Chief Representative of the European Union: Being an EU ambassador is like playing the organ 0

Chief Representative of the European Union: Being an EU ambassador is like playing the organ

(Dan Tri) – In a conversation with the press at the end of the year, Chief Representative of the European Union Delegation to Vietnam Bruno Angelet shared frankly about his work in Vietnam, the prospects for information

Chief Representative of the European Union Delegation to Vietnam Bruno Angelet

Vietnam – EU relations are very important

Mr. Bruno Angelet, who has worked in Vietnam for many years, shared that the position of Chief Representative of the European Union is much more difficult than the position of Belgian Ambassador he once held.

The EU’s top diplomat humorously compared his job to playing the organ and the player must coordinate smoothly between two sets of keys.

“First of all, I have to coordinate between member states and work with all the institutions in Europe.

But Ambassador Bruno emphasized that it is also an interesting job and he loves it because he loves Vietnam, not only because he has a Vietnamese wife, but because he loves the Vietnamese people in general.

According to Mr. Bruno, previously the relationship between Vietnam and the EU was simply about trade and development cooperation.

The two sides also promote relations in security and defense.

“Vietnam is a wonderful country.

Prospects for passing EVFTA

Regarding the prospect of passing the Vietnam – EU Free Trade Agreement (EVFTA), Ambassador Bruno said that the new plan is that the two sides aim to sign the agreement before the summer of 2018 for each side’s parliament to approve.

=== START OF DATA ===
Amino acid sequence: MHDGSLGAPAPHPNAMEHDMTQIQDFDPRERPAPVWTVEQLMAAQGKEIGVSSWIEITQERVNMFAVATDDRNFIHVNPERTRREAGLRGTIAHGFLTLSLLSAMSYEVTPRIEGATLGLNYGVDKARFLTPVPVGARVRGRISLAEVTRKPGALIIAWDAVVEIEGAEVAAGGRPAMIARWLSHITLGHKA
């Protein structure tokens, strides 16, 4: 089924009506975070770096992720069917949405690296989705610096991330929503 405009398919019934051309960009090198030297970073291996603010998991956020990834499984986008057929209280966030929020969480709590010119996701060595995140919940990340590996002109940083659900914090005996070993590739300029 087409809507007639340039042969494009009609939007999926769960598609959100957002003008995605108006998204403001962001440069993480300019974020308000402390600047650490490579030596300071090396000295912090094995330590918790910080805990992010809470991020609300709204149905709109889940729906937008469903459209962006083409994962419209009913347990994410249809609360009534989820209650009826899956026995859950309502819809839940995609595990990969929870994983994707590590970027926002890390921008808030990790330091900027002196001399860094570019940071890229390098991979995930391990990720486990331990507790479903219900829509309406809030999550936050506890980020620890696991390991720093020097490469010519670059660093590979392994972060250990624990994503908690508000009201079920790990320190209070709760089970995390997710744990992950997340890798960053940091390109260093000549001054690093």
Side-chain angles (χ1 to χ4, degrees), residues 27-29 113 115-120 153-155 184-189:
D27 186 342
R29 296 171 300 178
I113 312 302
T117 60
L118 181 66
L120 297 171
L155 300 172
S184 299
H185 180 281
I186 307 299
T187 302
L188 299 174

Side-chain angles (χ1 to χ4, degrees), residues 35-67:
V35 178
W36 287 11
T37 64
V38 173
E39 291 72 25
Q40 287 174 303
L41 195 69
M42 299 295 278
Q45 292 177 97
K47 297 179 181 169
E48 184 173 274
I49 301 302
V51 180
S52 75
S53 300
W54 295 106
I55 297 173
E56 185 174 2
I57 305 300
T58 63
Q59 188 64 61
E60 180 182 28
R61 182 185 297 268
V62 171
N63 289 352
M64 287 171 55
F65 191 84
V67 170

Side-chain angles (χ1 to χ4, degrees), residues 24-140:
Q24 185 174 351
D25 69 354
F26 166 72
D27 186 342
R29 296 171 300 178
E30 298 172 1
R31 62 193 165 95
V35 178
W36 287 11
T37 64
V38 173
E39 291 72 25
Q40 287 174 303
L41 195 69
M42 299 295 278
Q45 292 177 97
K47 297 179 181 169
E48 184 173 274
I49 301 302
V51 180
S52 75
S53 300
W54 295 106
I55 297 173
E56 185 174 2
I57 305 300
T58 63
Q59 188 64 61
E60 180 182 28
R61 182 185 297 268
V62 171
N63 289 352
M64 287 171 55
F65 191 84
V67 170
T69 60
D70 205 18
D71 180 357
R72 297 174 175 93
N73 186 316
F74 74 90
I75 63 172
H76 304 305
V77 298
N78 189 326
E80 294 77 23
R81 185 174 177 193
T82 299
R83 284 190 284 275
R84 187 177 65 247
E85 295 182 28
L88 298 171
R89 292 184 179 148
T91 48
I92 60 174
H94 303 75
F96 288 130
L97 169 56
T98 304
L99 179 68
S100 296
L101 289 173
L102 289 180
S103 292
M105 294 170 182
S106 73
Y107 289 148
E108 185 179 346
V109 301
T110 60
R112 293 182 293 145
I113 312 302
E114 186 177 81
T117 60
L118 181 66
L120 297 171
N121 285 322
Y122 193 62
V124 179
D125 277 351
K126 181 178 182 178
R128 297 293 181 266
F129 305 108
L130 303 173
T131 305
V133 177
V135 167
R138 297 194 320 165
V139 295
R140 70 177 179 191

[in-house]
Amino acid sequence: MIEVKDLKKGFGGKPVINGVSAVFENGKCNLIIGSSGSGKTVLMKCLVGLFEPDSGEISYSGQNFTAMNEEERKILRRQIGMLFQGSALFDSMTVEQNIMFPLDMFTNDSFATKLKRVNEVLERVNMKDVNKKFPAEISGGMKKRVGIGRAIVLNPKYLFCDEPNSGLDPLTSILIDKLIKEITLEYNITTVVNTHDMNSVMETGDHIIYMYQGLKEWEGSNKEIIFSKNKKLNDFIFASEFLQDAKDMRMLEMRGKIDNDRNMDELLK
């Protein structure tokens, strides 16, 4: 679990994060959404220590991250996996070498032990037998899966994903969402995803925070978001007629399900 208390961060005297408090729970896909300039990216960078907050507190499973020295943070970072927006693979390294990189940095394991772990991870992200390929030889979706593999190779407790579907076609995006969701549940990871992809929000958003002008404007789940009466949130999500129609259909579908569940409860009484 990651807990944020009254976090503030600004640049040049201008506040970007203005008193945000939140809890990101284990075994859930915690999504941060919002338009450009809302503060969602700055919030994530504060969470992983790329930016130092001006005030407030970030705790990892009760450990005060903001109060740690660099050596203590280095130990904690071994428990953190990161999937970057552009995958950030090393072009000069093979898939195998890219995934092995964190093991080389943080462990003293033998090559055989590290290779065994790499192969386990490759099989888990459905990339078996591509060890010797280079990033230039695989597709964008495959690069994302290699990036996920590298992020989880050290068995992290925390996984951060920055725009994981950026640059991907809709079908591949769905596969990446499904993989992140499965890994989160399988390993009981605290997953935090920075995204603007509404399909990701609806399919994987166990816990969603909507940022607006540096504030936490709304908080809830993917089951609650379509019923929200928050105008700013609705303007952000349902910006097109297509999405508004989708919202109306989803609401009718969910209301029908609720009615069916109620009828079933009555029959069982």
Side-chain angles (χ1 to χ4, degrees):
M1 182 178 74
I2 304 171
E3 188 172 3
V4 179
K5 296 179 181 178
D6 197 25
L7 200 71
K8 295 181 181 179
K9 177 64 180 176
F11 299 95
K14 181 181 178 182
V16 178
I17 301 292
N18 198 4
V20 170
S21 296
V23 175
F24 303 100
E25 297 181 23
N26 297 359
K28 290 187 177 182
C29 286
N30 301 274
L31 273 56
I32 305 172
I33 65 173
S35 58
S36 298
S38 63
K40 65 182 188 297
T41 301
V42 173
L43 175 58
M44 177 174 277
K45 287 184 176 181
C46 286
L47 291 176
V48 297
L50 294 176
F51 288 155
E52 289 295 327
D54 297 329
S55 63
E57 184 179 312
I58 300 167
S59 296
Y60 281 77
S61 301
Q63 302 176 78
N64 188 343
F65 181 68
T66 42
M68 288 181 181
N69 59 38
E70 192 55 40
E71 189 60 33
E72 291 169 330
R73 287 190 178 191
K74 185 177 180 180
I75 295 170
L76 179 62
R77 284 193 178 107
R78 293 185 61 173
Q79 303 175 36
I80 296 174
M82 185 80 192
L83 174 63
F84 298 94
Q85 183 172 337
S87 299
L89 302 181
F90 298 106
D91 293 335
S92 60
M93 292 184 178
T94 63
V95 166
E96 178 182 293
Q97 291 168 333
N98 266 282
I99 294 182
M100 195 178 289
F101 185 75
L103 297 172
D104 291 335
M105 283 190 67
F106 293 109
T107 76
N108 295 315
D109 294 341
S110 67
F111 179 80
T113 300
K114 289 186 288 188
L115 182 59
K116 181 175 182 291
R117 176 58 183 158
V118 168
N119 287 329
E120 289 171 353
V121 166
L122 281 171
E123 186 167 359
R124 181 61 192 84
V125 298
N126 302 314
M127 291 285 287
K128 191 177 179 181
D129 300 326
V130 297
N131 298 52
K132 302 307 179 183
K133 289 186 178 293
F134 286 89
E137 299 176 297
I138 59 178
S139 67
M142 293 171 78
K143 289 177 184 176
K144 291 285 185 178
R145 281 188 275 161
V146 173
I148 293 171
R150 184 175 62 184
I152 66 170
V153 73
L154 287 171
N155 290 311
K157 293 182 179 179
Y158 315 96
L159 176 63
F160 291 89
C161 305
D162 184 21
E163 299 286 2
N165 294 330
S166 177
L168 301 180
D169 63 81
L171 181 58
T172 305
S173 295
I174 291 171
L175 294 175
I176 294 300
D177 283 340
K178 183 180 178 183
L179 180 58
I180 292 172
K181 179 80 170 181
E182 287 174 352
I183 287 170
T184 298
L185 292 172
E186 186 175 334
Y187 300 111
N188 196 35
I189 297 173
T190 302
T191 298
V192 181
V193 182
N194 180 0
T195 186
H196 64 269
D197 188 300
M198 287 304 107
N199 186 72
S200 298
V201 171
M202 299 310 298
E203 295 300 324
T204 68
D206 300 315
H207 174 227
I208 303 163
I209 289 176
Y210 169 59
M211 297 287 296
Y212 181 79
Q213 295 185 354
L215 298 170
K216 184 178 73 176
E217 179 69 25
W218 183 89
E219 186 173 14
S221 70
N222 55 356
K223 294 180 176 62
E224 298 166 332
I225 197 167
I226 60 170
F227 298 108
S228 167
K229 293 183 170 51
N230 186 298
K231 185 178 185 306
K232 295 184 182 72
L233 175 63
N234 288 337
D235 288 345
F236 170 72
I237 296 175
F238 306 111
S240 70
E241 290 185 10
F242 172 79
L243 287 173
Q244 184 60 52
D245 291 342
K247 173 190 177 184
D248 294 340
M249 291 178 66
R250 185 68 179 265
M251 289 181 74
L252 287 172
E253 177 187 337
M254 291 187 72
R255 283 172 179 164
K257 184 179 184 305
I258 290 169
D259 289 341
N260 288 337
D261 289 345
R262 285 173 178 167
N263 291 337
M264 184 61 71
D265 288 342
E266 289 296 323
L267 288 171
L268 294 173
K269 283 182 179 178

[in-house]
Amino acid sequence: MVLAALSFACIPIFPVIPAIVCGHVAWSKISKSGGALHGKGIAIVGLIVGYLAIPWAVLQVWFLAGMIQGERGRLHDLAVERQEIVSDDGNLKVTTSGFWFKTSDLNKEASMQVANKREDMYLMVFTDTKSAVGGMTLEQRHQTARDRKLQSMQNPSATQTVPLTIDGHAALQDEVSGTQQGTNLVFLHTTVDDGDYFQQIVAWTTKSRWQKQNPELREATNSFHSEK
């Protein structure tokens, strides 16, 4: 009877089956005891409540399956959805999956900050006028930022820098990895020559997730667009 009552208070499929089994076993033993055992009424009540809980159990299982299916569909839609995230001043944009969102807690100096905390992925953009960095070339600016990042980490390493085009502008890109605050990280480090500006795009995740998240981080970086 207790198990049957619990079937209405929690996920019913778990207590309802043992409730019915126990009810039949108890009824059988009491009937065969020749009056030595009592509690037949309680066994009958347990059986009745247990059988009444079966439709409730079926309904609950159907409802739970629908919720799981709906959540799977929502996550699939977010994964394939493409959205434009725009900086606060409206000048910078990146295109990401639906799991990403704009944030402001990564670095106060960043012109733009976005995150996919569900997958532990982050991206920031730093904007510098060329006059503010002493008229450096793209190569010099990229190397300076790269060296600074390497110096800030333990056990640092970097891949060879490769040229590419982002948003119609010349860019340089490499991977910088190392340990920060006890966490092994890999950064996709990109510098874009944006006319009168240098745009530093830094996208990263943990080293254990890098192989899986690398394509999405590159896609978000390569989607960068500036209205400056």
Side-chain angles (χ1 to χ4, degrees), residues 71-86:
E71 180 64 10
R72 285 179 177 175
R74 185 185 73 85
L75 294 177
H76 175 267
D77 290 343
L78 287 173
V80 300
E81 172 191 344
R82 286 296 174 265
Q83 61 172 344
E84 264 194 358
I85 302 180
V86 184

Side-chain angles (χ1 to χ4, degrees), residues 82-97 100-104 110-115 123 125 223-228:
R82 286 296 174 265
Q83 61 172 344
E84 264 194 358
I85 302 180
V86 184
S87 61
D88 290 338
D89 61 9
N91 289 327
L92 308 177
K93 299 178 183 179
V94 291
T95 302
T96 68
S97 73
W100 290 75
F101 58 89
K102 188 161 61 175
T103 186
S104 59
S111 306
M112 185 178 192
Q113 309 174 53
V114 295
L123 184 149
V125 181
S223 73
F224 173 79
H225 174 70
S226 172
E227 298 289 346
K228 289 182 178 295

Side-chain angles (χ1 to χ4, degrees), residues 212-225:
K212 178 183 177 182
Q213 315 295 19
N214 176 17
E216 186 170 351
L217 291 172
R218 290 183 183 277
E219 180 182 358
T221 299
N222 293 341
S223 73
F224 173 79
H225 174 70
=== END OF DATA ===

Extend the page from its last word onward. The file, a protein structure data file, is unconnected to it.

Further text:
The EU Ambassador also affirmed that EVFTA is implemented based on the `win-win` perspective.

“Look at the most difficult issues of the agreement and Vietnam needs to prove to the European Union parliament that Vietnam can overcome those barriers.

A very important field for Vietnam is agriculture.

“The EU is an open market for all types of goods, but as I said last year, if you want to enter the EU market you must meet our standards.

Ambassador Bruno also expressed optimism about Vietnam’s economy in 2018. He said that Vietnam is attractive compared to many countries in the region, with an open economy and large export turnover.

However, Mr. Bruno also warned about Vietnam’s economy becoming increasingly dependent on foreign investment (FDI) companies.

“In the long term, a populous country like Vietnam needs to be ‘self-reliant’.

Another problem, the EU Ambassador added, is that most of Vietnam’s capital flows focus on the real estate and financial sectors, not the commodity production sector.

According to Mr. Bruno, the EU is currently the 5th largest investor in Vietnam, but with the EVFTA free trade agreement, Vietnam has the potential to attract more investment capital from the EU.

`Yellow card` for Vietnamese seafood

In the context of concerns related to the EU’s announcement in October of a `yellow card` for Vietnamese seafood due to not meeting requirements on the issue of controlling illegal, unreported and unreported fishing.

“We see strong political will from the Vietnamese side to improve the situation.

through the revised Fisheries Law and provide an action plan as well as strong commitments and recommendations to fishermen.

According to Mr. Bruno, it is too early to see if those measures are effective, because the EU needs to see concrete results.

Peaceful

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